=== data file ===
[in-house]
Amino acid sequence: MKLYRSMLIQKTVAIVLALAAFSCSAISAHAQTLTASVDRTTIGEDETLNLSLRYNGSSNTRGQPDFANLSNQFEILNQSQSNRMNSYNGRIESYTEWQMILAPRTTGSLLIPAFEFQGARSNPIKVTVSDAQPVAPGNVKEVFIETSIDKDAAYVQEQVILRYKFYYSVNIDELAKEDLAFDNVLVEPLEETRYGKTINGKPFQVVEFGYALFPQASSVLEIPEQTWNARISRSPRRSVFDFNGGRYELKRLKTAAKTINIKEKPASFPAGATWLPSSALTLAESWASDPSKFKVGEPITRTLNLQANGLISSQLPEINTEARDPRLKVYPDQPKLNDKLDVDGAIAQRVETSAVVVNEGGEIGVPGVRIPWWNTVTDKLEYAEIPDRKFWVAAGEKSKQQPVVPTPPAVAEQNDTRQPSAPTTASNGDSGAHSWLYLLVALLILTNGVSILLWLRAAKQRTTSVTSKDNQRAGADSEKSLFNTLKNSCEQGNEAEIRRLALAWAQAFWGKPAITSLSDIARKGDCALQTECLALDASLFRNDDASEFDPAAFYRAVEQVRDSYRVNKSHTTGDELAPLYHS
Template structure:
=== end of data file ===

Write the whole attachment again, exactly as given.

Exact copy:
[in-house]
Amino acid sequence: MKLYRSMLIQKTVAIVLALAAFSCSAISAHAQTLTASVDRTTIGEDETLNLSLRYNGSSNTRGQPDFANLSNQFEILNQSQSNRMNSYNGRIESYTEWQMILAPRTTGSLLIPAFEFQGARSNPIKVTVSDAQPVAPGNVKEVFIETSIDKDAAYVQEQVILRYKFYYSVNIDELAKEDLAFDNVLVEPLEETRYGKTINGKPFQVVEFGYALFPQASSVLEIPEQTWNARISRSPRRSVFDFNGGRYELKRLKTAAKTINIKEKPASFPAGATWLPSSALTLAESWASDPSKFKVGEPITRTLNLQANGLISSQLPEINTEARDPRLKVYPDQPKLNDKLDVDGAIAQRVETSAVVVNEGGEIGVPGVRIPWWNTVTDKLEYAEIPDRKFWVAAGEKSKQQPVVPTPPAVAEQNDTRQPSAPTTASNGDSGAHSWLYLLVALLILTNGVSILLWLRAAKQRTTSVTSKDNQRAGADSEKSLFNTLKNSCEQGNEAEIRRLALAWAQAFWGKPAITSLSDIARKGDCALQTECLALDASLFRNDDASEFDPAAFYRAVEQVRDSYRVNKSHTTGDELAPLYHS
Template structure: